As an interviewer, I was excited to learn more about the Stone family, and could not wait to sit down and talk with both Mr. and Mrs. Stone.
First, I asked Mrs. Stone where she saw Canterbury in five years and ten years from now. She replied with, “Cullen and Kip may be Cbury students…yikes! Otherwise… I see our school sustaining the heart and soul of this community for the next ten years and beyond. I imagine the campus will continue to transition just as the student body will…maybe a new track or academic space…? I am excited for the planning that lies ahead as we map out what will best serve our students now and in the years to come.”
Next, Mrs. Stone very simply answered “I would put raised sidewalks/speed bumps on Aspetuck!” when I asked her what one change she would make to Canterbury.
Following that, Mrs. Stone was asked what it was like being the first woman head of school.
“I’m not sure how to answer this. I am grateful that the community has welcomed me and my family, and I am privileged to lead such an amazing school as Canterbury’s 6th Head of School. It is true the coeducational boarding schools have been slow to appoint female Heads, so I do not take the historical significance of my role at Canterbury lightly; that said, the Cbury family has been overwhelming in its warm and genuine welcome. I suppose I feel fortunate to not have to think about the gender aspect with too much frequency.”
Mrs. Stone then discussed the topic of her biggest challenge facing Canterbury. She took to this question with
enthusiasm, proclaiming, “The challenge question! All boarding schools are working to better articulate what differentiates the boarding school experience generally and their individual school’s program specifically. This is an ongoing, critical goal for us as well, and I am so grateful to be a part of a school that identifies service, spirituality and self-reliance (and honesty, respect and compassion!) as key components of our mission and value-added.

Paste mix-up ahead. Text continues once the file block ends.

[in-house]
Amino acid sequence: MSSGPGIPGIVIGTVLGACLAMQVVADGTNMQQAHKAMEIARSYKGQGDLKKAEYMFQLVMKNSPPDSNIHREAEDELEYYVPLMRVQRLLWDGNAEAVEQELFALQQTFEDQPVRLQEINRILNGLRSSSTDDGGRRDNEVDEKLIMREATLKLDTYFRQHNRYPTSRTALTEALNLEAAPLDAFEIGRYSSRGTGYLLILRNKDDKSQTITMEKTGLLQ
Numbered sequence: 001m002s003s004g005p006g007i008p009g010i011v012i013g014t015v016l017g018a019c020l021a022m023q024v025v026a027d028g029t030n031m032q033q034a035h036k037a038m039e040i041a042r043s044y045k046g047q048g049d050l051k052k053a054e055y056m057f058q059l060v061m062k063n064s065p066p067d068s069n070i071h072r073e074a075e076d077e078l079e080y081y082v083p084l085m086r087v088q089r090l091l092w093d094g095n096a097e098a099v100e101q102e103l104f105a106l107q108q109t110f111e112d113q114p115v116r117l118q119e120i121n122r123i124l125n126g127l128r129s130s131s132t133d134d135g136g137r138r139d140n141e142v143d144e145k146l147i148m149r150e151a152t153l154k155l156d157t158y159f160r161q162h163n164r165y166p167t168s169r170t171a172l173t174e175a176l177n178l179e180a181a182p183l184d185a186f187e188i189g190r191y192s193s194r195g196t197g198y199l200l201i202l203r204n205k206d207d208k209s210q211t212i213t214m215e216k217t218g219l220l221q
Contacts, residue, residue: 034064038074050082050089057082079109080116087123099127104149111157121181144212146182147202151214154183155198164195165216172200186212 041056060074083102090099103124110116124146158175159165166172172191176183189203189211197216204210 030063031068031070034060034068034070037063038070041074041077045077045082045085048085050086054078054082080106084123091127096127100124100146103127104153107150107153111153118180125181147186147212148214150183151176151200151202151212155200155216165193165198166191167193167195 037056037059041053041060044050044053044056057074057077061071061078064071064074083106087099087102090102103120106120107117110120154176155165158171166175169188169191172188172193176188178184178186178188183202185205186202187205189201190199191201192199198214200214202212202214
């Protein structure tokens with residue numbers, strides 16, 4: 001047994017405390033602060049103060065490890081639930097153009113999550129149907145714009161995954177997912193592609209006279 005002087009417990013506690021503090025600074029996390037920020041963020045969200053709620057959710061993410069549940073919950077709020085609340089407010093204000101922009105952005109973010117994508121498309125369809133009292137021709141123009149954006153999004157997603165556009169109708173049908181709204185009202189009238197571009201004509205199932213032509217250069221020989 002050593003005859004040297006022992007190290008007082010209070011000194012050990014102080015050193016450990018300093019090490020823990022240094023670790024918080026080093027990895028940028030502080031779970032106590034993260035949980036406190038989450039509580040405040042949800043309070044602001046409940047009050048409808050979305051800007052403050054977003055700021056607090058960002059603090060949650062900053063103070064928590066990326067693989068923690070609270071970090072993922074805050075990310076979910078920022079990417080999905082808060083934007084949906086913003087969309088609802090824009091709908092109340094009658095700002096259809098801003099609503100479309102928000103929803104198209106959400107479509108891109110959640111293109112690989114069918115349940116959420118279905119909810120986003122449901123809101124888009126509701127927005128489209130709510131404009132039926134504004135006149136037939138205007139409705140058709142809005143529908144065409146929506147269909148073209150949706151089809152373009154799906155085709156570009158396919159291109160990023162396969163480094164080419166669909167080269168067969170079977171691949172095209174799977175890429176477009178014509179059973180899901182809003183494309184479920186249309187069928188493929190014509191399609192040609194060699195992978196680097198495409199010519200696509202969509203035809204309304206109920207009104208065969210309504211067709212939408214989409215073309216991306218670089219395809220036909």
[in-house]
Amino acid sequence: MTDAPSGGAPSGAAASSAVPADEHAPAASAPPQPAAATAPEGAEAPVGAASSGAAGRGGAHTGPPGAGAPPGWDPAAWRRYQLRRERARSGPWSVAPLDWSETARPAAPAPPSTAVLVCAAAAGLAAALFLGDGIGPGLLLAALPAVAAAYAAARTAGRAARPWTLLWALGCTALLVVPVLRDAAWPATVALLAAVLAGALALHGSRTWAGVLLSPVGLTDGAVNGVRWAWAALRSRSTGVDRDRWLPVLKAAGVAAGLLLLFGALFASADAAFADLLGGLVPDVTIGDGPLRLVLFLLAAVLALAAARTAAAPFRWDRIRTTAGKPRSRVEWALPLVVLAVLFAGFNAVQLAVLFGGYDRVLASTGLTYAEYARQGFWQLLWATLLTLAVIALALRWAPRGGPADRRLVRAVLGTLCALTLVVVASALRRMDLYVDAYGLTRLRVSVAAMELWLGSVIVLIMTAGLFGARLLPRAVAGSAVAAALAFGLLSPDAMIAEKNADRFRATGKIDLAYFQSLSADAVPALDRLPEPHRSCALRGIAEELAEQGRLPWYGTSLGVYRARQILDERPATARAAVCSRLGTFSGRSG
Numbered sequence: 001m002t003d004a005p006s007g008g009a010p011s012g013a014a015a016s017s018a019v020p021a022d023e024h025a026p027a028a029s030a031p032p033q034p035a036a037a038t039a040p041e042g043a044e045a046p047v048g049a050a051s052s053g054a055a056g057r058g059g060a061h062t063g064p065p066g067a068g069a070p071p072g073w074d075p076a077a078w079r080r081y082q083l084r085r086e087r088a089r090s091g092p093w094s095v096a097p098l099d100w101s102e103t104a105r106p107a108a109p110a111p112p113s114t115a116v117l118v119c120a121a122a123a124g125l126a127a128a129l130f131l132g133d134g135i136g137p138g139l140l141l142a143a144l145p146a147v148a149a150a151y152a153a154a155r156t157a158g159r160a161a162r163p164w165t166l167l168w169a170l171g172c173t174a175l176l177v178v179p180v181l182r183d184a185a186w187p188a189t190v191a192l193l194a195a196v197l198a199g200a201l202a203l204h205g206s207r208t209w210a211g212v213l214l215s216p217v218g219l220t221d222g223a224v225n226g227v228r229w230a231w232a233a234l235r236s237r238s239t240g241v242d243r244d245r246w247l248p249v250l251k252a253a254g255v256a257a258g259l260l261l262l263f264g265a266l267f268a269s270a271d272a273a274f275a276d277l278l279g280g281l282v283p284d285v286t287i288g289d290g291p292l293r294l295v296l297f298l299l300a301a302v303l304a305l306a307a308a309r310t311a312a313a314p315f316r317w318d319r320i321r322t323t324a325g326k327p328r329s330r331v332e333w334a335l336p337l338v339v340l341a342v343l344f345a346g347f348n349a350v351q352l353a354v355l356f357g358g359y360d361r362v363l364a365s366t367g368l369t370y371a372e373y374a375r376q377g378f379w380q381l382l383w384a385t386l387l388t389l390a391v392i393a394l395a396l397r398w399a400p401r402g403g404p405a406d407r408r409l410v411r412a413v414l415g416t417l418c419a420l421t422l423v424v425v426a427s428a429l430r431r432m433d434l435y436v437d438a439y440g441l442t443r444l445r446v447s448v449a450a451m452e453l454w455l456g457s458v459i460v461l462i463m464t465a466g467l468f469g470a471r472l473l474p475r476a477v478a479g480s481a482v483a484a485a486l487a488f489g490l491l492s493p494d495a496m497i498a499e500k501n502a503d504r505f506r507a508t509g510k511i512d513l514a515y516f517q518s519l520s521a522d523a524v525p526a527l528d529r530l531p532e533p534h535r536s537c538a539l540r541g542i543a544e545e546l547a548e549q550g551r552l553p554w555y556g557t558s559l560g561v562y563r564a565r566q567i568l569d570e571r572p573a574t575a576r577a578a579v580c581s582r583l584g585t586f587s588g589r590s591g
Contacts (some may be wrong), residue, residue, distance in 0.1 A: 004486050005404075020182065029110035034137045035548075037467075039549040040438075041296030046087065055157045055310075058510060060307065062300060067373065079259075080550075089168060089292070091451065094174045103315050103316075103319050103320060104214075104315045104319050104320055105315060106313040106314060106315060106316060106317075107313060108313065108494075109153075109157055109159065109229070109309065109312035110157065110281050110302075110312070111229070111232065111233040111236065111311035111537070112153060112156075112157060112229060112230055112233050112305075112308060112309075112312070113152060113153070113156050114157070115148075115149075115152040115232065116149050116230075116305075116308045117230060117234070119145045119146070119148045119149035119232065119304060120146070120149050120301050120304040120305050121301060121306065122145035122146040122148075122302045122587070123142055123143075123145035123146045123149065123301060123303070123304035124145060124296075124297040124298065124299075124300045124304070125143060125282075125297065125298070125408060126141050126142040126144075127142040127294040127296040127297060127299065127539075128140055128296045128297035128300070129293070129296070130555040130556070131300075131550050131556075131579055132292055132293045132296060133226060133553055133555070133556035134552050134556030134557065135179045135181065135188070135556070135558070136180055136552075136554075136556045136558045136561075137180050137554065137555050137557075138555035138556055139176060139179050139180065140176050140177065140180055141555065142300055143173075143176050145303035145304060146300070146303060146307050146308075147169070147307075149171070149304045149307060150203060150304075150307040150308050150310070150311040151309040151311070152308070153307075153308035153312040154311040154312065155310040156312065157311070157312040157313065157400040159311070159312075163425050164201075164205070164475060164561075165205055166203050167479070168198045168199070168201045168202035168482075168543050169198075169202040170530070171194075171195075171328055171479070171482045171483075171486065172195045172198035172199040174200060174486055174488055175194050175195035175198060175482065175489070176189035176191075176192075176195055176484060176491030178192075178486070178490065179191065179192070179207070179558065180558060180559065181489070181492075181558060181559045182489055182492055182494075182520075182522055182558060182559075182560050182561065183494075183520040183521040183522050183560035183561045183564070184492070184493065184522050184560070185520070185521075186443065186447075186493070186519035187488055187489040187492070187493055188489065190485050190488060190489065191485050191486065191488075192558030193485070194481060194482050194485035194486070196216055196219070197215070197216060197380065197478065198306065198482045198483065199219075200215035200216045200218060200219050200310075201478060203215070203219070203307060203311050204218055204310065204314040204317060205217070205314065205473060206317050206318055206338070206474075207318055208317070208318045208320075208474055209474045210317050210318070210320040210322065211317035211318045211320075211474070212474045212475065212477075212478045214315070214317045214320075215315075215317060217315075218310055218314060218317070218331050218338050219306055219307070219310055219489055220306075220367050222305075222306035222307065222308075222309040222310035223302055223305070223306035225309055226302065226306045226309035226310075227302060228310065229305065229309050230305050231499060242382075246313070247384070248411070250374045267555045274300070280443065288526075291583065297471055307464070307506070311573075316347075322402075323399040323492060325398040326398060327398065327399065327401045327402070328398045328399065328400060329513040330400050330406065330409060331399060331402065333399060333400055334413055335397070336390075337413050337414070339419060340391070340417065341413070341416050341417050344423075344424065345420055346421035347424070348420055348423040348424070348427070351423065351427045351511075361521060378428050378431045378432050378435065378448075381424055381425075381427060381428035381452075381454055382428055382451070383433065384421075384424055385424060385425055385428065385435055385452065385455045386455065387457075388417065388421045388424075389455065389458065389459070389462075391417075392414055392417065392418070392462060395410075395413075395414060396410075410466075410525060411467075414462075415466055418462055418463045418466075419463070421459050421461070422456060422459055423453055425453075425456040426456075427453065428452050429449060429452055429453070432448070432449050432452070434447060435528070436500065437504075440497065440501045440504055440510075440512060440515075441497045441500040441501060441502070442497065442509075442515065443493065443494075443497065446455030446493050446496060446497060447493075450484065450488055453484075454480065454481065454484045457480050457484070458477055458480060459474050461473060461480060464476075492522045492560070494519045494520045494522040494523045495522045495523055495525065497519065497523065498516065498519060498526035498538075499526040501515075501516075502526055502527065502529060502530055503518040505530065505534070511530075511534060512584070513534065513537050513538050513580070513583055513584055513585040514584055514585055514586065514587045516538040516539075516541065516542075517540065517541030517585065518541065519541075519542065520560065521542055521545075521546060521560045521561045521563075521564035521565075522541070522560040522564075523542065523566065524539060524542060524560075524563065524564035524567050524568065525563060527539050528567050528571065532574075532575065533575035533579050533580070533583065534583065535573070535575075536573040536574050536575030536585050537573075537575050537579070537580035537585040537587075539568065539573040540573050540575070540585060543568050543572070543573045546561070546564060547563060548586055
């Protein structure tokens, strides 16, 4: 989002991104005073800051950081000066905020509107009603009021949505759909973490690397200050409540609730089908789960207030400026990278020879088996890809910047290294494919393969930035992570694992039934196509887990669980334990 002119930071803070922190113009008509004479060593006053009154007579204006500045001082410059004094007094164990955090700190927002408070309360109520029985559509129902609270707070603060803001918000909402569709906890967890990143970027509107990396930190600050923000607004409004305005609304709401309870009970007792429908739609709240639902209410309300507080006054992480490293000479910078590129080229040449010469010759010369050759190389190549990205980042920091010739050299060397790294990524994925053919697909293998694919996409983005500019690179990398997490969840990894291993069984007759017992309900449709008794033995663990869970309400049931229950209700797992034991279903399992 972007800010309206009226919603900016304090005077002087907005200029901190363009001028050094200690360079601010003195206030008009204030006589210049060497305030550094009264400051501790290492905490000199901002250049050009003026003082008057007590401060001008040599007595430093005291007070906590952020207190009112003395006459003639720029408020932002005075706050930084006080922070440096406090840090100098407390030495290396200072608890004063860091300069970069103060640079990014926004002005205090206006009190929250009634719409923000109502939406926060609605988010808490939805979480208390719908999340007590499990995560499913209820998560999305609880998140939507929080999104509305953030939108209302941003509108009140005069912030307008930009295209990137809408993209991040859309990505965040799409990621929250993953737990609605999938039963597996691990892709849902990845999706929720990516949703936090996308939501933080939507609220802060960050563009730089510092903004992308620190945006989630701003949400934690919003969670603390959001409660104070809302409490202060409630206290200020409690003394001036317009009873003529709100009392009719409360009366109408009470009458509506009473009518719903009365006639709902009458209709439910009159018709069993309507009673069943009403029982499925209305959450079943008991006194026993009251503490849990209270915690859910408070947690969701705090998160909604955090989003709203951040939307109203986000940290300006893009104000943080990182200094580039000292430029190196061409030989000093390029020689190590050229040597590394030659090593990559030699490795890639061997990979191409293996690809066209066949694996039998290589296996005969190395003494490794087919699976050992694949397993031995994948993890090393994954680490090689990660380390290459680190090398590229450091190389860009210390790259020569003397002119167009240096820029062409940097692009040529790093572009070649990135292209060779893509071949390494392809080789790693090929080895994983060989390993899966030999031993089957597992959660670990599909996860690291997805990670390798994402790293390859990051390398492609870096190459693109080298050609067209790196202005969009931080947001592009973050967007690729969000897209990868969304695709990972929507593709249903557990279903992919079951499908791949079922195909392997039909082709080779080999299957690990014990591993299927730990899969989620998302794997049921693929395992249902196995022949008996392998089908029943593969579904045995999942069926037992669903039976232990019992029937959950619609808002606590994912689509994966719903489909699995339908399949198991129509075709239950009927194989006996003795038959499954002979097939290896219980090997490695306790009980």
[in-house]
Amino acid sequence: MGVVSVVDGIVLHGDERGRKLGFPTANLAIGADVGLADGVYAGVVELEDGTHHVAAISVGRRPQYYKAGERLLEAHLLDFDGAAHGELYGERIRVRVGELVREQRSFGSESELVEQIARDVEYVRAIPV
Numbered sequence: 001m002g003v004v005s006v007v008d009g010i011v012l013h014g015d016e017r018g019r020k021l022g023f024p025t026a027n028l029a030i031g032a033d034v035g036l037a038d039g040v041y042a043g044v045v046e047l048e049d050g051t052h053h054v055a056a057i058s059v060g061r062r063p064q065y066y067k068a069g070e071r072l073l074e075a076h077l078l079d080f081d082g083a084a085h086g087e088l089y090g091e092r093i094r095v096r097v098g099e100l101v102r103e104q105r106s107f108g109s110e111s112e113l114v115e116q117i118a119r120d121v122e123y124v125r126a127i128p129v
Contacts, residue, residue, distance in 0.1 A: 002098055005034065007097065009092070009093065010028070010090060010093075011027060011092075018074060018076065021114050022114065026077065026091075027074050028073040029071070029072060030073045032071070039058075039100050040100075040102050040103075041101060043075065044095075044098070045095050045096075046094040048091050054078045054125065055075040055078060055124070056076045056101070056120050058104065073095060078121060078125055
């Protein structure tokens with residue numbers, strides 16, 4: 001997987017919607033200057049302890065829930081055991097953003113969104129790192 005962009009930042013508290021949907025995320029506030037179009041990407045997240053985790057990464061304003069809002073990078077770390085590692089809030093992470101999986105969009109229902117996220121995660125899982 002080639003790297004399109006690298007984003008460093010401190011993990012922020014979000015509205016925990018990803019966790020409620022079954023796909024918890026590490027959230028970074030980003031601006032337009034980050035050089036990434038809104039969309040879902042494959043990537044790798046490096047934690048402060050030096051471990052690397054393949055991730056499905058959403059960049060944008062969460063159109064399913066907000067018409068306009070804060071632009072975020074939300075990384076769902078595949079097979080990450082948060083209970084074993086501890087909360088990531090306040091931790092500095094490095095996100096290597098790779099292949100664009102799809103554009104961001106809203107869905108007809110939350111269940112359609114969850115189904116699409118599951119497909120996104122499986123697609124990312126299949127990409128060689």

It is not difficult to explain to prospective families what is so special about Cbury, and even easier to ask our students to share/show it to them during campus visits.”
As a final question, I asked Mrs. Stone if she had thought about what kind of legacy she would like to leave, or if it was too early to tell. She responded with, “Isn’t having the Snack Bar open on Saturday nights enough? Ha! Yes, it’s early…but if in 10 or 20 years, Canterbury remains a place founded on our Five Values that attracts student-centered, passionate faculty and sends graduates out into the world ready for all that awaits them, I’ll feel like I have carried the torch forward.
“We will always have to think proactively and strategically about programs and facilities, but it’s the people we bring to this campus that will define us as a school. But don’t forget the Snack Bar.”
It was truly an exciting experience to learn more about our new head of school!
Next I talked with Mr. Stone, our new Athletic Director. Mr. Stone was first asked what one thing he wanted students to know about him was, and immediately replied that he and his family were excited to be here.
“After being somewhere for 24 years, it’s obviously a big change, but this community has been so welcoming to us and we are thrilled to be here and to be a part of this great school.”
– Jim Stone
Next Mr. Stone was asked what has surprised him most since he has come to Canterbury. At first, he was stumped, and even mentioned how hard the question was, but then came to the conclusion that he was surprised how similar prep-school kids are. He continued by portraying his love for the student body, saying, “They are dedicated kids. They are kids with character, and that is important to me.”
Continuing the discussion, Mr. Stone was asked in what ways Canterbury was different from Blair. He started by saying that Blair was a little bit bigger, and that it was a noticeable difference.
Mr. Stone also noted that there were fewer facilities here at Canterbury. As we were about to move on to the next question, Mr. Stone was reminded of another difference. With a smile on his face he proclaimed, “The biggest one [difference], outside of those things is the town. New Milford is a great town!” He seemed very excited about the town, and even mentioned the great business district right down the hill.
Quickly following Mr. Stone’s excitement for New Milford, he was asked what his favorite part about Canterbury was. Instantly he replied, “The kids.” He continued by explaining his love for seeing kids thrive on and off of the athletic fields.
Finally, Mr. Stone was asked what transformations he would like to see Canterbury make.
He responded by saying that he would like to see Canterbury take the next step in improving the athletic facilities. Next, he said, “I would like all of our teams to continue to be competitive across the board, and be able to take it to the next level.” Mr. Stone then added that there is such great tradition here, and he would just like to keep adding to it.